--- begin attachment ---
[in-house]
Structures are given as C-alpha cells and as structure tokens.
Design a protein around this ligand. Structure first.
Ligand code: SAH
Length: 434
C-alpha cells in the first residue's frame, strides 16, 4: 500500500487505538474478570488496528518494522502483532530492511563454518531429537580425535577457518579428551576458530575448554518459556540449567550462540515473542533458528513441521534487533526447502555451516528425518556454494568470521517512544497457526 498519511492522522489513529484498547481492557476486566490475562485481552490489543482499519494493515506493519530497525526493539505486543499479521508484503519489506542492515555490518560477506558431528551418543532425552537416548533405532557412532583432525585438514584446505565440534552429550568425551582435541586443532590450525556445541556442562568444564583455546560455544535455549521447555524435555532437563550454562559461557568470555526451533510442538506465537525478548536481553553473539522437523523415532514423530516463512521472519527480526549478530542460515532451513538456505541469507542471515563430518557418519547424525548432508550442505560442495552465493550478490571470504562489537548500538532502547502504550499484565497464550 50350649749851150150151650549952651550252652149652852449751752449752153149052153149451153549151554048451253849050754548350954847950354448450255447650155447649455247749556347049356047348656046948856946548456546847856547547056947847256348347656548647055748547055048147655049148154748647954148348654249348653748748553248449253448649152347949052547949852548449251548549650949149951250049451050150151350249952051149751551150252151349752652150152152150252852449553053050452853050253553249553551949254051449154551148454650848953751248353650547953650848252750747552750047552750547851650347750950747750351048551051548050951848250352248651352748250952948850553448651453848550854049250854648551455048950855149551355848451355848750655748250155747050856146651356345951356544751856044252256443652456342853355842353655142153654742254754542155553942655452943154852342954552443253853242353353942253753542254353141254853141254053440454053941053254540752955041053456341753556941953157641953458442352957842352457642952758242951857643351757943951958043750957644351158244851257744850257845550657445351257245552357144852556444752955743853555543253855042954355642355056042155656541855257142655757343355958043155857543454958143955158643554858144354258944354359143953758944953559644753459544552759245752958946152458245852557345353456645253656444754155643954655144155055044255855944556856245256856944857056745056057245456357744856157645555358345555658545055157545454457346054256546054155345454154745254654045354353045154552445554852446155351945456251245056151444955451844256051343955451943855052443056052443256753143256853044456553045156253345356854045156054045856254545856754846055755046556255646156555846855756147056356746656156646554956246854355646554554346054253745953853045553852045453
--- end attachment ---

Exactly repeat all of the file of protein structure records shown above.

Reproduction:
[in-house]
Structures are given as C-alpha cells and as structure tokens.
Design a protein around this ligand. Structure first.
Ligand code: SAH
Length: 434
C-alpha cells in the first residue's frame, strides 16, 4: 500500500487505538474478570488496528518494522502483532530492511563454518531429537580425535577457518579428551576458530575448554518459556540449567550462540515473542533458528513441521534487533526447502555451516528425518556454494568470521517512544497457526 498519511492522522489513529484498547481492557476486566490475562485481552490489543482499519494493515506493519530497525526493539505486543499479521508484503519489506542492515555490518560477506558431528551418543532425552537416548533405532557412532583432525585438514584446505565440534552429550568425551582435541586443532590450525556445541556442562568444564583455546560455544535455549521447555524435555532437563550454562559461557568470555526451533510442538506465537525478548536481553553473539522437523523415532514423530516463512521472519527480526549478530542460515532451513538456505541469507542471515563430518557418519547424525548432508550442505560442495552465493550478490571470504562489537548500538532502547502504550499484565497464550 50350649749851150150151650549952651550252652149652852449751752449752153149052153149451153549151554048451253849050754548350954847950354448450255447650155447649455247749556347049356047348656046948856946548456546847856547547056947847256348347656548647055748547055048147655049148154748647954148348654249348653748748553248449253448649152347949052547949852548449251548549650949149951250049451050150151350249952051149751551150252151349752652150152152150252852449553053050452853050253553249553551949254051449154551148454650848953751248353650547953650848252750747552750047552750547851650347750950747750351048551051548050951848250352248651352748250952948850553448651453848550854049250854648551455048950855149551355848451355848750655748250155747050856146651356345951356544751856044252256443652456342853355842353655142153654742254754542155553942655452943154852342954552443253853242353353942253753542254353141254853141254053440454053941053254540752955041053456341753556941953157641953458442352957842352457642952758242951857643351757943951958043750957644351158244851257744850257845550657445351257245552357144852556444752955743853555543253855042954355642355056042155656541855257142655757343355958043155857543454958143955158643554858144354258944354359143953758944953559644753459544552759245752958946152458245852557345353456645253656444754155643954655144155055044255855944556856245256856944857056745056057245456357744856157645555358345555658545055157545454457346054256546054155345454154745254654045354353045154552445554852446155351945456251245056151444955451844256051343955451943855052443056052443256753143256853044456553045156253345356854045156054045856254545856754846055755046556255646156555846855756147056356746656156646554956246854355646554554346054253745953853045553852045453